Monstrous Affections

This collection of short stories won the Black Quill Award, Best Dark Genre Collection (2010).

A young bride and her future mother-in-law risk everything to escape it.
A repentant father summons help from a pot of tar to ensure it.
A starving woman learns from howling winds and a whispering host, just how fulfilling it can finally be.

Can it be love?


Horror Story and Other Horror Stories

Love and loss are the two prevailing themes in this 93,000-word short story collection, featuring 19 of the author’s tales — five of which are original to this collection:

– “When Fat Men Love Thin Women”
– “The Death Artist”
– “The Uncertainty Principle”
– “Monster”
– “The Love Clinic”

The rest of the stories appeared in such publications as On Spec, TransVersions, Prairie Fire, Northern Frights, Dark Planet, Descant, ChiZine, and the Tesseracts and Queer Fear anthology series.

A Book of Tongues

Two years after the Civil War, Pinkerton agent Ed Morrow has gone undercover with one of the weird West’s most dangerous outlaw gangs-the troop led by “Reverend” Asher Rook, ex-Confederate chaplain turned “hexslinger,” and his notorious lieutenant (and lover) Chess Pargeter. Morrow’s task: get close enough to map the extent of Rook’s power, then bring that knowledge back to help Professor Joachim Asbury unlock the secrets of magic itself.

Magicians, cursed by their gift to a solitary and painful existence, have never been more than a footnote in history. But Rook, driven by desperation, has a plan to shatter the natural law that prevents hexes from cooperation, and change the face of the world-a plan sealed by an unholy marriage-oath with the goddess Ixchel, mother of all hanged men. To accomplish this, he must raise her bloodthirsty pantheon from its collective grave through sacrifice, destruction, and apotheosis.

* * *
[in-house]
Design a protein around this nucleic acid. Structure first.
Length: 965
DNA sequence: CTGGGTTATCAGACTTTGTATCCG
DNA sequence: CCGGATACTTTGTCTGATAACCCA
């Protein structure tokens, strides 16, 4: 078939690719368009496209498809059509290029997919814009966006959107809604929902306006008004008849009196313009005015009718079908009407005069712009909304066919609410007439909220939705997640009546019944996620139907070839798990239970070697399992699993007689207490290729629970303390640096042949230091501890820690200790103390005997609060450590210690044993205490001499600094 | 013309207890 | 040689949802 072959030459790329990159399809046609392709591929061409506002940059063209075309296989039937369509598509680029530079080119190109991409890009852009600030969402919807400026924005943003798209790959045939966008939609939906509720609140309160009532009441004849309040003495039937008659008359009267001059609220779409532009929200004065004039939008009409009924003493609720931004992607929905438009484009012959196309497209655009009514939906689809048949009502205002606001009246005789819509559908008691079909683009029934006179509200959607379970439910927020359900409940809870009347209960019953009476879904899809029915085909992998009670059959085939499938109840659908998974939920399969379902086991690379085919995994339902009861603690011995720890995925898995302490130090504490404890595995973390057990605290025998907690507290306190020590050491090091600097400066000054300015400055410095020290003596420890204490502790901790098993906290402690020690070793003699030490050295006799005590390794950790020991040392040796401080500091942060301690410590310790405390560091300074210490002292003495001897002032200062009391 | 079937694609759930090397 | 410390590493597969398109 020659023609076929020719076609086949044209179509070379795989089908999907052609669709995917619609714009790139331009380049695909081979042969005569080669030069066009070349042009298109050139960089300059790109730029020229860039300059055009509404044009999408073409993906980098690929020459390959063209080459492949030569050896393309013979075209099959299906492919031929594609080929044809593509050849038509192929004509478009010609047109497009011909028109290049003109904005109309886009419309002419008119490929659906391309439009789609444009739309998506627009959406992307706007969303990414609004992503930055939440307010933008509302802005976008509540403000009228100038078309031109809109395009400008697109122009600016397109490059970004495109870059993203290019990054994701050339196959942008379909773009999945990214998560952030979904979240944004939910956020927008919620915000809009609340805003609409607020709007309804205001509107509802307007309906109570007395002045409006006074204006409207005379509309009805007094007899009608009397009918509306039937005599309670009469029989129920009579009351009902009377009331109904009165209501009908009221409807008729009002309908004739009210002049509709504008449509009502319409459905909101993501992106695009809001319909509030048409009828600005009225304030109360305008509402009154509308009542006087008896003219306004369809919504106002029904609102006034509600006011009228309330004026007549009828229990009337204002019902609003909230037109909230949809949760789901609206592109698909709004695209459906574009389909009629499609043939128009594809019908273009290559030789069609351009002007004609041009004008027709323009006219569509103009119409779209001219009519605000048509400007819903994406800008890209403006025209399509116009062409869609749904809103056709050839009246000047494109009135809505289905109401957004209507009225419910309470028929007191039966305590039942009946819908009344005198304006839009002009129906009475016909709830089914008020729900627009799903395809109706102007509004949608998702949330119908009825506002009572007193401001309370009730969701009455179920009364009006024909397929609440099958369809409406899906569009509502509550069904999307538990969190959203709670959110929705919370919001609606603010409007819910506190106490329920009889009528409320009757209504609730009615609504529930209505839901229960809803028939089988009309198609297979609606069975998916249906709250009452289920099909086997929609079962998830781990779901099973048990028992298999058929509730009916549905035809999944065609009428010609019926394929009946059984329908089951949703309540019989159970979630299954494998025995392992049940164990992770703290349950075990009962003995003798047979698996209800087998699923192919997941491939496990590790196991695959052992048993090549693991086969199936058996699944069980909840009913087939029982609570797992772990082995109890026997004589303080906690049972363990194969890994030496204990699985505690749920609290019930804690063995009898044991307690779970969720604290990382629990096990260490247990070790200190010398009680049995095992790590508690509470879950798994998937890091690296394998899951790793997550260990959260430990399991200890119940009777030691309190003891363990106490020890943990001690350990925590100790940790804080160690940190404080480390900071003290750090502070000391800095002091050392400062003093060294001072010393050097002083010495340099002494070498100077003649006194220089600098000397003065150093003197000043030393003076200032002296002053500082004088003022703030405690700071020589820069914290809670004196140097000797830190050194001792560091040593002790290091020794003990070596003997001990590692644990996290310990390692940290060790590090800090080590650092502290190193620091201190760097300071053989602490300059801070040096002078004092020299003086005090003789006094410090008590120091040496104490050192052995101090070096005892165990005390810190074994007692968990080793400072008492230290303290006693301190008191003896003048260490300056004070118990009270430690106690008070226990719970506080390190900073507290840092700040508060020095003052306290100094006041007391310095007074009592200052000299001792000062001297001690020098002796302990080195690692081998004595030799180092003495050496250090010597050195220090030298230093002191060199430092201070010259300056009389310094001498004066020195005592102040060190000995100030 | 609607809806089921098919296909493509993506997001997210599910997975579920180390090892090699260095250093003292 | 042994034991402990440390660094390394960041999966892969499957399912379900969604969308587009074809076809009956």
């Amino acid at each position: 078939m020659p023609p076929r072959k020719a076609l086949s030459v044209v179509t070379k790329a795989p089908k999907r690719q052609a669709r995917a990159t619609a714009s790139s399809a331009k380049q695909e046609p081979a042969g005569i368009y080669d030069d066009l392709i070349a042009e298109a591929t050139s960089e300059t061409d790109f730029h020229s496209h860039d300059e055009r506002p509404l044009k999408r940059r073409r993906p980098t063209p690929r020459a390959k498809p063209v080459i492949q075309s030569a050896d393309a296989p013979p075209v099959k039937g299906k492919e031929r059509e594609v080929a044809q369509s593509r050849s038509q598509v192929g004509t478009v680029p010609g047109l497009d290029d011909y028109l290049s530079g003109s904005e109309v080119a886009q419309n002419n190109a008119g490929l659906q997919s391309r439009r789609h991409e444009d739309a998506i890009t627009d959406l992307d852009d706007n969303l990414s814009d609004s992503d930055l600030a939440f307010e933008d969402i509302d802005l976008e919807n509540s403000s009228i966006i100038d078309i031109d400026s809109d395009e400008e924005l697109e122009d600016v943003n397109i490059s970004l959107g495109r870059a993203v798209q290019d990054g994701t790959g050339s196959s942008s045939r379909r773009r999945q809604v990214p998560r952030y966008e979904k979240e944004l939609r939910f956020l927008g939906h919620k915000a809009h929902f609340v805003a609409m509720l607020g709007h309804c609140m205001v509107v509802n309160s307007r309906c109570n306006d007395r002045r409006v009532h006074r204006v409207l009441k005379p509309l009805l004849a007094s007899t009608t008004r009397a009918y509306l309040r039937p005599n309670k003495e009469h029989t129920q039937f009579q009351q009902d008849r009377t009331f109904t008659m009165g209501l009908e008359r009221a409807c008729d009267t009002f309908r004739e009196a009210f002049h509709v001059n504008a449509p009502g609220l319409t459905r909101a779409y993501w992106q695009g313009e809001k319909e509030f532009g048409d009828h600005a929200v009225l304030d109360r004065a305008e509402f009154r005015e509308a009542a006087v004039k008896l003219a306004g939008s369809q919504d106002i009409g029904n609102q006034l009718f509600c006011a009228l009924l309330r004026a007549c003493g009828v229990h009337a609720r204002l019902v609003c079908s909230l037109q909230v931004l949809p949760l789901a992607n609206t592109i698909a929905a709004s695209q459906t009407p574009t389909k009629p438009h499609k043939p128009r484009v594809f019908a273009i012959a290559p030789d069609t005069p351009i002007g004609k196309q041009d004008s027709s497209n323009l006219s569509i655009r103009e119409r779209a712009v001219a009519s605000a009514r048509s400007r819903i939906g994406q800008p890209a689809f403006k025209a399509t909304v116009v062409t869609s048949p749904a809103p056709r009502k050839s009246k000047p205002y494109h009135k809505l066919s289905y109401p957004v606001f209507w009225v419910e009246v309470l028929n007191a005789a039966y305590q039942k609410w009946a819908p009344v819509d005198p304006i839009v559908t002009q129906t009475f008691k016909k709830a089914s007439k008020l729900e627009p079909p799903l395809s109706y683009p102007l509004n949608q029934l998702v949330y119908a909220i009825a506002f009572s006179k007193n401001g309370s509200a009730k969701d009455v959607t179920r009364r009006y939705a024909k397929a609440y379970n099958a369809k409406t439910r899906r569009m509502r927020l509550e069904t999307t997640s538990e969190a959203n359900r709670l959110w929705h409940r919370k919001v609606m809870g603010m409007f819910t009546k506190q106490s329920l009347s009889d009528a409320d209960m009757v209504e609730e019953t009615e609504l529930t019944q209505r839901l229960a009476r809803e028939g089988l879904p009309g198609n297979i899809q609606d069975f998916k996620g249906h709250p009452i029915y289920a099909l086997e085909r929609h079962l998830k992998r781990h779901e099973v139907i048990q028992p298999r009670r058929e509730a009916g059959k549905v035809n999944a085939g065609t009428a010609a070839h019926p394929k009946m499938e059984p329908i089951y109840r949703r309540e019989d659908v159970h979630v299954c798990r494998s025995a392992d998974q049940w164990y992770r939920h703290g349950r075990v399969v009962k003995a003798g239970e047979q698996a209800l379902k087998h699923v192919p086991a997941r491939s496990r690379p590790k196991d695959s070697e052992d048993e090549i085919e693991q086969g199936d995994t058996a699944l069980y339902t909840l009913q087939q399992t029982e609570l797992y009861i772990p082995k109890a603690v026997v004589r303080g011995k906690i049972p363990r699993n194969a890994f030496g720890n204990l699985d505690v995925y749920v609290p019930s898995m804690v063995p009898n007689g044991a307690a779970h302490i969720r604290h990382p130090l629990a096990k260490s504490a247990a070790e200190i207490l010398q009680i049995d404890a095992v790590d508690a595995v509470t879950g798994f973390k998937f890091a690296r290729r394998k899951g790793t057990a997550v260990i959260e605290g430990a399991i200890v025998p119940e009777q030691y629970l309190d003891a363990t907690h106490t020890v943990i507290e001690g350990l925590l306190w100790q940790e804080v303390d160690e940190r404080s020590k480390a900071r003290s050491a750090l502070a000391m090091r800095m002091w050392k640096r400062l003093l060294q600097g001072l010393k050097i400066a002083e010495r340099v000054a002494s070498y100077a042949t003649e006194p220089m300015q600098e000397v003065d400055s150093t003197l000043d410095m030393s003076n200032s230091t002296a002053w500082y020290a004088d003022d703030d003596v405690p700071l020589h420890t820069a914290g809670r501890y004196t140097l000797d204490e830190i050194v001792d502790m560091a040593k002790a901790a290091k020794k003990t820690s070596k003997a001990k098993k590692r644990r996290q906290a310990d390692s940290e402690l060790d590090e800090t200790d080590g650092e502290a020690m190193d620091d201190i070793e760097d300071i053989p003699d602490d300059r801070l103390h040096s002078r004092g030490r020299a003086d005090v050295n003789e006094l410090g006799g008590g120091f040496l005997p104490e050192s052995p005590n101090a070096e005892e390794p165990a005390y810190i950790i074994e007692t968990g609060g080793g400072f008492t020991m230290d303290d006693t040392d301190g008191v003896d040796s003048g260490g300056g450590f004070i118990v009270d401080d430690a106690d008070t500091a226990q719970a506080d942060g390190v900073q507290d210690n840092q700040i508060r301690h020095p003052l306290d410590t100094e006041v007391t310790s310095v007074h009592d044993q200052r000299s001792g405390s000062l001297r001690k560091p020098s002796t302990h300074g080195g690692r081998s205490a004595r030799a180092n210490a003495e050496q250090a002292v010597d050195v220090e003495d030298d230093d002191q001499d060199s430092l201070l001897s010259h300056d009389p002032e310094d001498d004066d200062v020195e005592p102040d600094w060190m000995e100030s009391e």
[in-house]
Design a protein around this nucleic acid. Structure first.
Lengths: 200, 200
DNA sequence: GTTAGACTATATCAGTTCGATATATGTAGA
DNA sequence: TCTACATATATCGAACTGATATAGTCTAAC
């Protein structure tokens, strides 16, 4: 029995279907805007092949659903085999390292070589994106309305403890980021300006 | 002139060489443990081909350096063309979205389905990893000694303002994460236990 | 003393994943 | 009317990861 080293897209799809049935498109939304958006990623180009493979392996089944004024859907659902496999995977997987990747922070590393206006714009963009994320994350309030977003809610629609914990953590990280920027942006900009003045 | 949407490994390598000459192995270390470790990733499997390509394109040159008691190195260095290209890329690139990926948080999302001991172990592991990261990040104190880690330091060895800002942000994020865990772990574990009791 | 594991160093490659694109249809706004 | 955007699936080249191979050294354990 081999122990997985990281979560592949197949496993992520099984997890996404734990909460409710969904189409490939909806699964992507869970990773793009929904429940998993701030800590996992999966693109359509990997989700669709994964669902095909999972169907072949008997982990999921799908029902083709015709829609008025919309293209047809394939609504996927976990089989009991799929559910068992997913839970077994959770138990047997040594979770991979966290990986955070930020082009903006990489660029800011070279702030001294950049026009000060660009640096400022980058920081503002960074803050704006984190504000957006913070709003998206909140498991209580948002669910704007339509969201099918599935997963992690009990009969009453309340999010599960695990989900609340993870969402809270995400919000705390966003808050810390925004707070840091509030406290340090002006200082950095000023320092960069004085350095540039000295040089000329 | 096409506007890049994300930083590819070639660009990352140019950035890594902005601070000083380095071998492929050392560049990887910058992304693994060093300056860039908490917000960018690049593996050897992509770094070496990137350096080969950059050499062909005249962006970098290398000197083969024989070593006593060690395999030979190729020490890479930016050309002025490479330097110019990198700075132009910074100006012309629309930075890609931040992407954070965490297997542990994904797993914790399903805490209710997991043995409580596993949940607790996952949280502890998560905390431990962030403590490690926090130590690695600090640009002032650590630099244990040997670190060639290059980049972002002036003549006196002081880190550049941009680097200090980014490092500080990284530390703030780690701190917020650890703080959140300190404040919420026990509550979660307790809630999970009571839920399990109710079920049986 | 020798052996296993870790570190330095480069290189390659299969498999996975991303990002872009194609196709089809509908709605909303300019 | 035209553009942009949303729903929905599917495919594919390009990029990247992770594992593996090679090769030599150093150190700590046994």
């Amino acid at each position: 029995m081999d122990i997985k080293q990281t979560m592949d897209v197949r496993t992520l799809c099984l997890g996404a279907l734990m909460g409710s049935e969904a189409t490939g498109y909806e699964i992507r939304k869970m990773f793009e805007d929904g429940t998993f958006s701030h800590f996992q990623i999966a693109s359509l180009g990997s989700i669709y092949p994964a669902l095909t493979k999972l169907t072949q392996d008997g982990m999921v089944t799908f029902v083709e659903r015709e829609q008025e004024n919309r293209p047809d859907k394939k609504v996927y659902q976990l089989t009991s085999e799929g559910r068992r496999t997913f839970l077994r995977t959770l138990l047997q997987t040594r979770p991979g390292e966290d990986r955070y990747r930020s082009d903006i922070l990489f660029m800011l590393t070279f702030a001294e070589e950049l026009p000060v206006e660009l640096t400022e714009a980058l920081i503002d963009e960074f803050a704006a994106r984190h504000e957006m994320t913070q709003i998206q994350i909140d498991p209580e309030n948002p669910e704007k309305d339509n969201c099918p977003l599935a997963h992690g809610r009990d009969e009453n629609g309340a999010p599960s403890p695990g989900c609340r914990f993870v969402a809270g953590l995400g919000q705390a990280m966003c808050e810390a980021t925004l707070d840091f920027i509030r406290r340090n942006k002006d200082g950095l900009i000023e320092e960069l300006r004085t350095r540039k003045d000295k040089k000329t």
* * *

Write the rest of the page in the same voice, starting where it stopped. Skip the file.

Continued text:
Caught between a passel of dead gods and monsters, hexes galore, Rook’s witchery, and the ruthless calculations of his own masters, Morrow’s only real hope of survival lies with the man without whom Rook cannot succeed: Chess Pargeter himself. But Morrow and Chess will have to literally ride through Hell before the truth of Chess’s fate comes clear-the doom written for him, and the entire world.

A Rope of Thorns

You must let blood to get blood.

New Mexico, 1867. As consort to resurrected Mayan goddess Ixchel, hexslinger “Reverend” Asher Rook has founded “Hex City,” the first place in all of human history where magicians can live and work together safely. But this tenuous peace is is threatened by the approach of Rook’s former lover, Chess Pargeter, bent on revenge over Rook’s betrayal, as he kills his way toward the very same spot, dragging Pinkerton agent-turned-outlaw Ed Morrow along with him. Because Chess, sacrificed in Ixchel’s name, has become far more than just a hex: his very presence has torn a crack in the world, remaking everything around him. And as the cycle of Chess’s power approaches its climax, Chess, Morrow, and a young spiritualist named Yancey Colder—caught up in Chess’s vendetta—will all have to shed yet more blood as they face down his mysterious patron demon, known only as the Enemy . . . along with every other enemy Chess has already made along the way.

When Darkness Loves Us

Sally Ann is a bright and bubbling farm girl, still caught in the thrill of a brand-new husband and a shining future ahead. When a careless exploration leaves her trapped underground, she learns to live again in the absence of everything she once knew. Even driven by love and light, Sally Ann finds the deepest darkness within herself in When Darkness Loves Us.

Old Martha Mannes has been a part of Morgan, Illinois since her birth. The whole town knows her as the dim-witted woman who was born without a nose, but Martha’s mind wasn’t always a blank slate. Unlocking the monster buried deep in her memories may bring back the sparkling child she once was…or it may send those around her crashing down into the nightmares of a little girl gone wrong.

This two-novella collection twists together the beauty and horror underlying the seeming simplicity of small town life.